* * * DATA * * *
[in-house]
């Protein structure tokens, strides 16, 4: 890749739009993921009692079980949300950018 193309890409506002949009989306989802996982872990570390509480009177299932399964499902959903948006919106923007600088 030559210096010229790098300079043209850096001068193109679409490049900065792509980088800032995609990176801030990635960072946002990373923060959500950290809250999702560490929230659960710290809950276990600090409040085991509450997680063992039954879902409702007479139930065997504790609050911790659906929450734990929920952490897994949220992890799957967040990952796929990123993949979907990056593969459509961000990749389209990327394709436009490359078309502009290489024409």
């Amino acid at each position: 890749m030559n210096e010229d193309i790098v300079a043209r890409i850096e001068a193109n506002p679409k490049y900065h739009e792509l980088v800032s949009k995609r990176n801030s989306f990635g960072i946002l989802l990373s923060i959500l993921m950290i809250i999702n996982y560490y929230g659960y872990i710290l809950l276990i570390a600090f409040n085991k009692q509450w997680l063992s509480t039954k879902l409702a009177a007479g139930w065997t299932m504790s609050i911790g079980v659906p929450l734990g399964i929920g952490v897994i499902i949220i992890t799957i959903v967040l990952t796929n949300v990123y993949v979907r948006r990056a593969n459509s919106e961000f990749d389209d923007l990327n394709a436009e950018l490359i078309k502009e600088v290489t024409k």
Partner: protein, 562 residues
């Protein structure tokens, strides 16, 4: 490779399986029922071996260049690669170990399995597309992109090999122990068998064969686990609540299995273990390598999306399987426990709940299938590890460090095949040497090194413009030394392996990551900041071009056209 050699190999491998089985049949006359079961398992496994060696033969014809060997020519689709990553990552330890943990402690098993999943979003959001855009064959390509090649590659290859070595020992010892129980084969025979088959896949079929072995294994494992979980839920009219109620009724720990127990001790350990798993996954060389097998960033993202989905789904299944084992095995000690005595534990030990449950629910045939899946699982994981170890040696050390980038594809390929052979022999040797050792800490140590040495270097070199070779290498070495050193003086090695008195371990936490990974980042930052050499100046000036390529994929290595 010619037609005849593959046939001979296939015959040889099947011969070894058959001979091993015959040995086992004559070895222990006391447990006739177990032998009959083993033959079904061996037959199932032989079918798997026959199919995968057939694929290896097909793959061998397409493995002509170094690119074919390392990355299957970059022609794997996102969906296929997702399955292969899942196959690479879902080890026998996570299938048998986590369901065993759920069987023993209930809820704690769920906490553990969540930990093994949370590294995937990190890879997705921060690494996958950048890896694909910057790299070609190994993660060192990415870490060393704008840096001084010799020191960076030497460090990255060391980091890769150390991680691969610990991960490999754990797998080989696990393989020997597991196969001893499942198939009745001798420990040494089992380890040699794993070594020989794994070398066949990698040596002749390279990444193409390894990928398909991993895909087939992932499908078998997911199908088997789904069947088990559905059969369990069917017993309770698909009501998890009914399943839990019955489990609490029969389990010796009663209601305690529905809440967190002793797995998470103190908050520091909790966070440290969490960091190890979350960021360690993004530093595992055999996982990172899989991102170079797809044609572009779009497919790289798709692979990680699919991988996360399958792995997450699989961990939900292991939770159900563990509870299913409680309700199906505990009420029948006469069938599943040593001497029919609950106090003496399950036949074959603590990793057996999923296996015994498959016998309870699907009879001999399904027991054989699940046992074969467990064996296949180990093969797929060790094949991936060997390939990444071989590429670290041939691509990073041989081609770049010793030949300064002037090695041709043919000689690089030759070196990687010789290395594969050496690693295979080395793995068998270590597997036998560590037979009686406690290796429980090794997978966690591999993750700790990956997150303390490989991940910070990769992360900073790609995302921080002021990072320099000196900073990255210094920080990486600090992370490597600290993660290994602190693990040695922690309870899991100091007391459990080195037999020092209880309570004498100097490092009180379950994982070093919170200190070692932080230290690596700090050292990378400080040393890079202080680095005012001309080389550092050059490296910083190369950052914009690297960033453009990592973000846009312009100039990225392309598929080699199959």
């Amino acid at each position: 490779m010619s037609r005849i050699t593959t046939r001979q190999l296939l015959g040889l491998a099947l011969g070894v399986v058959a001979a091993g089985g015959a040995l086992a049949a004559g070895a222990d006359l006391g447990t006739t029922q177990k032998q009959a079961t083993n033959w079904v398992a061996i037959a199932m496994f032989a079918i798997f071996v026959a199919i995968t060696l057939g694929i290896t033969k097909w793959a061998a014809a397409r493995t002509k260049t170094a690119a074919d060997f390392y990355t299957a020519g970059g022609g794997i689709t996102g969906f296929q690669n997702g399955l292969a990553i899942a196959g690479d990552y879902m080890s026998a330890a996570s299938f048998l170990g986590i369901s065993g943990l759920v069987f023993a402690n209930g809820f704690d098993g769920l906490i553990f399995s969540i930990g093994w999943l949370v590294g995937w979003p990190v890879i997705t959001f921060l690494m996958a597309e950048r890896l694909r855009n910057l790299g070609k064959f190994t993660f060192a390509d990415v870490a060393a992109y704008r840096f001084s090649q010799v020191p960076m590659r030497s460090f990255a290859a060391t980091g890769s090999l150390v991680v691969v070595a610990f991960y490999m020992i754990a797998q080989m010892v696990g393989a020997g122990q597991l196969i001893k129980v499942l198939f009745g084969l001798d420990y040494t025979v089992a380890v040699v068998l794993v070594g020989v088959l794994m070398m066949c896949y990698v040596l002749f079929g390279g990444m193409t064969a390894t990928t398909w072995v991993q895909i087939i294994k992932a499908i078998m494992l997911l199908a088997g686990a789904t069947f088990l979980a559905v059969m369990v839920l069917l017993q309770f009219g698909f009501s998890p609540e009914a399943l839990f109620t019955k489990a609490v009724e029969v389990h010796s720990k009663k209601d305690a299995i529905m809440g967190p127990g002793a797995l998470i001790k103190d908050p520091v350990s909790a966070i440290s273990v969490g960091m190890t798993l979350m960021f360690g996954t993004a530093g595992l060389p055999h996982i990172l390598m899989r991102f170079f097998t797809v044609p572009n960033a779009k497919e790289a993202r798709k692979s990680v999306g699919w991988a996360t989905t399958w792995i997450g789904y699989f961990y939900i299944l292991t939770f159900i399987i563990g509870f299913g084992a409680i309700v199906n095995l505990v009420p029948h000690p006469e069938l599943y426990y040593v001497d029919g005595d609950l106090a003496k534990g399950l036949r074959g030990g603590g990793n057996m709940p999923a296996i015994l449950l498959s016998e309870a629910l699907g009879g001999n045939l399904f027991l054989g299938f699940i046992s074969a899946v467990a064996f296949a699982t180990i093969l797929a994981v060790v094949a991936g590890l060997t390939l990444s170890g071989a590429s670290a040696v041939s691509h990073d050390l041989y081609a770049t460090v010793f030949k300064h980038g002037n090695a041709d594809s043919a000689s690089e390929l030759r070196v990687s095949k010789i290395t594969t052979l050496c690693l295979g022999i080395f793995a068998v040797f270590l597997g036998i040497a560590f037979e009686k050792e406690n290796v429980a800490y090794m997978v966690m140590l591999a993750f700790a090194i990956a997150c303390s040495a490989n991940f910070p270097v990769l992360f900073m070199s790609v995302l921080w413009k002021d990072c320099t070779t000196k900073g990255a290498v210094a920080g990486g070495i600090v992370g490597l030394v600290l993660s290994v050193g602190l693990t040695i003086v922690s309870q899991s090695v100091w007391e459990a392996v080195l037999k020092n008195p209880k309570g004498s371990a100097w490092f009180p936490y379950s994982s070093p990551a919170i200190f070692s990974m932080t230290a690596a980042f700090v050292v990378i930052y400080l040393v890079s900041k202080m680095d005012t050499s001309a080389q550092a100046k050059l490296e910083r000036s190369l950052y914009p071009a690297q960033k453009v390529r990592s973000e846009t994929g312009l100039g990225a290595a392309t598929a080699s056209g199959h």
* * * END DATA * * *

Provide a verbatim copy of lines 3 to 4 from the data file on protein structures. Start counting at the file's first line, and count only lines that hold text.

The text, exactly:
């Amino acid at each position: 890749m030559n210096e010229d193309i790098v300079a043209r890409i850096e001068a193109n506002p679409k490049y900065h739009e792509l980088v800032s949009k995609r990176n801030s989306f990635g960072i946002l989802l990373s923060i959500l993921m950290i809250i999702n996982y560490y929230g659960y872990i710290l809950l276990i570390a600090f409040n085991k009692q509450w997680l063992s509480t039954k879902l409702a009177a007479g139930w065997t299932m504790s609050i911790g079980v659906p929450l734990g399964i929920g952490v897994i499902i949220i992890t799957i959903v967040l990952t796929n949300v990123y993949v979907r948006r990056a593969n459509s919106e961000f990749d389209d923007l990327n394709a436009e950018l490359i078309k502009e600088v290489t024409k």
Partner: protein, 562 residues